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Bad science exposed

By JAMES COAKES Published 1st Jun 2015
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Bad science, counter-intuitive 'news', dubious headlines, superficial studies, and downright fraud. These are all common problems in today's media, and as a result trust in the media is at an all time low.

Dr John Bohannon, a science journalist and Harvard University molecular biologist, decided to demonstrate the problem by creating a deliberately misleading 'study' that any investigative journalist worth their salt should have seen right through. Prepare to be less than amazed to find out that many did not.

Bohannon, along with two television reporters, founded the entirely fictitious Institute of Diet and Health and recruited a GP and a statistician. They then found 16 people who were prepared to take part in a trial. They split the participants into groups with one set cutting their carbohydrate consumption but eating a daily bar of dark chocolate.

Using a broad range of measurements over three weeks they were able to establish a set of figures that appeared to indicate that eating chocolate made you lose weight. In statistical study terms this is known as a false positive and in basic studies it is often the strategy when parties with an agenda want to 'prove' a point. In this case the very small sample size along with the made up Institute and the completely counter-intuitive findings should all have acted as red flags.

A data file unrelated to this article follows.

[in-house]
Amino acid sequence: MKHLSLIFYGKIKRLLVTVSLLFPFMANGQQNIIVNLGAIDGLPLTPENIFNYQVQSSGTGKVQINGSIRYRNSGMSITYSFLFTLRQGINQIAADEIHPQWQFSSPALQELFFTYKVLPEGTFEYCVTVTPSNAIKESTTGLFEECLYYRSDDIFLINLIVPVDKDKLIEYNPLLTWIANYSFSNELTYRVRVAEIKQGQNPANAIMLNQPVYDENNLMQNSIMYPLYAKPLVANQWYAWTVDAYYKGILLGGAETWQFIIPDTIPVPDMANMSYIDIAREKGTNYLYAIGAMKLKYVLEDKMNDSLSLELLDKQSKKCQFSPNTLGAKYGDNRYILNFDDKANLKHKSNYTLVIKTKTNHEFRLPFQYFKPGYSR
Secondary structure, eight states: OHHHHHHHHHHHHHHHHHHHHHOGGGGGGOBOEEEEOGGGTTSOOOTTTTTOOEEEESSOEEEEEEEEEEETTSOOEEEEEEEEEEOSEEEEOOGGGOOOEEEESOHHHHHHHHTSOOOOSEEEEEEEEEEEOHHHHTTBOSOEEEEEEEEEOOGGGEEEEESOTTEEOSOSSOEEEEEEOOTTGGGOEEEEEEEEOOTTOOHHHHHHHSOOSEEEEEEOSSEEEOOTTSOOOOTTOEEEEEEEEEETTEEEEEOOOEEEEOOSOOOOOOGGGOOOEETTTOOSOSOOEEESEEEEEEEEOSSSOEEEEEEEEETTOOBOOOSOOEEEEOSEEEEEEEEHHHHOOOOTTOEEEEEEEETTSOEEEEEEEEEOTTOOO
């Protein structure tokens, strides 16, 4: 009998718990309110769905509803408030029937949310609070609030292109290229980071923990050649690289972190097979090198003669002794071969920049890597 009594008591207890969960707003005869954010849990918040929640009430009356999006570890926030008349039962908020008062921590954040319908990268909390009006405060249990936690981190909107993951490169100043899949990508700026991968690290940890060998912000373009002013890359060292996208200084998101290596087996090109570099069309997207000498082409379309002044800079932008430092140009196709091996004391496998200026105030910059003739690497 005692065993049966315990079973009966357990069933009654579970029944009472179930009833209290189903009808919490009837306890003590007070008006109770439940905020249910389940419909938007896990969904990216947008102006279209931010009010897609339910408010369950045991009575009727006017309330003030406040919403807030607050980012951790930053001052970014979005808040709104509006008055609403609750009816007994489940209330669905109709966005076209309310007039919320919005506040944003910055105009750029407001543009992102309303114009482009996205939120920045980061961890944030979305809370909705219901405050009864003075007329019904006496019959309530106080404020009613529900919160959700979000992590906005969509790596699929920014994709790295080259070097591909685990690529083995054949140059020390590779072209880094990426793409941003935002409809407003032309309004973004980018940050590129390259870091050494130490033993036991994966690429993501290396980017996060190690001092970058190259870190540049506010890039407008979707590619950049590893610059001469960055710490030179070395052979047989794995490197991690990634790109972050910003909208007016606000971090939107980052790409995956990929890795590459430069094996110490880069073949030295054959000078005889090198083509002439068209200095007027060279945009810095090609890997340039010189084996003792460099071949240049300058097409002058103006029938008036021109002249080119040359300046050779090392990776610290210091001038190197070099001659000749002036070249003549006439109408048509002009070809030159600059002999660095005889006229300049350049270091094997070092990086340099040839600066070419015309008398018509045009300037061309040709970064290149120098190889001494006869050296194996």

So, they had their study and now they needed to give it authority. They submitted their paper to several academic journals which published it without peer review or editing. The robust sounding International Archives of Medicine, for example, published the study ... in exchange for a fee of 600 euros.

They released their findings in a press release in September of last year. Bild, a leading German newspaper ran the story as fact. In the UK, where the tabloid genre is more prevalent, The Daily Star, Mail Online, the Daily Express and The Huffington Post were among those who swallowed the hollow chocolate bait.

If you have a sense that many of the stories which claim to be founded on scientific fact are actually a load of codswallop then you are probably right. Look for studies that are controlled and have been peer reviewed and, whatever you do, do not get your knowledge from tabloid newspapers.

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